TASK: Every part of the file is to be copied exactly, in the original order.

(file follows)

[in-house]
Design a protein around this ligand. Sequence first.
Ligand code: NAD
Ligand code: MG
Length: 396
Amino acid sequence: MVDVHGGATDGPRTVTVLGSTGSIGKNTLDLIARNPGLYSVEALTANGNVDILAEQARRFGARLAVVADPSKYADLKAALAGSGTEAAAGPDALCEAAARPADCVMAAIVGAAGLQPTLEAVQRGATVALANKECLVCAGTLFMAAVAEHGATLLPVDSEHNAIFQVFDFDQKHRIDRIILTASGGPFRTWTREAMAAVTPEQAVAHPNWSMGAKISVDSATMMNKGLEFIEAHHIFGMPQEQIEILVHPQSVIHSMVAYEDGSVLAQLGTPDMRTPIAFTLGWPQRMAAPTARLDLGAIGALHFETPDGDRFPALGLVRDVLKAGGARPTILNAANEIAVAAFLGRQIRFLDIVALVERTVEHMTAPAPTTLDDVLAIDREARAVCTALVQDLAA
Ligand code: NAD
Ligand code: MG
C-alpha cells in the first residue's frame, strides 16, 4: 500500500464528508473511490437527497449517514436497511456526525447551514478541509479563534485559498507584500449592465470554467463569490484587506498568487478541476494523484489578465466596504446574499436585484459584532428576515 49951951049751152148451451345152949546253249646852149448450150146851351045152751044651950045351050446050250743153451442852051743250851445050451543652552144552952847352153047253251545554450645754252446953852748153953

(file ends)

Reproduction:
[in-house]
Design a protein around this ligand. Sequence first.
Ligand code: NAD
Ligand code: MG
Length: 396
Amino acid sequence: MVDVHGGATDGPRTVTVLGSTGSIGKNTLDLIARNPGLYSVEALTANGNVDILAEQARRFGARLAVVADPSKYADLKAALAGSGTEAAAGPDALCEAAARPADCVMAAIVGAAGLQPTLEAVQRGATVALANKECLVCAGTLFMAAVAEHGATLLPVDSEHNAIFQVFDFDQKHRIDRIILTASGGPFRTWTREAMAAVTPEQAVAHPNWSMGAKISVDSATMMNKGLEFIEAHHIFGMPQEQIEILVHPQSVIHSMVAYEDGSVLAQLGTPDMRTPIAFTLGWPQRMAAPTARLDLGAIGALHFETPDGDRFPALGLVRDVLKAGGARPTILNAANEIAVAAFLGRQIRFLDIVALVERTVEHMTAPAPTTLDDVLAIDREARAVCTALVQDLAA
Ligand code: NAD
Ligand code: MG
C-alpha cells in the first residue's frame, strides 16, 4: 500500500464528508473511490437527497449517514436497511456526525447551514478541509479563534485559498507584500449592465470554467463569490484587506498568487478541476494523484489578465466596504446574499436585484459584532428576515 49951951049751152148451451345152949546253249646852149448450150146851351045152751044651950045351050446050250743153451442852051743250851445050451543652552144552952847352153047253251545554450645754252446953852748153953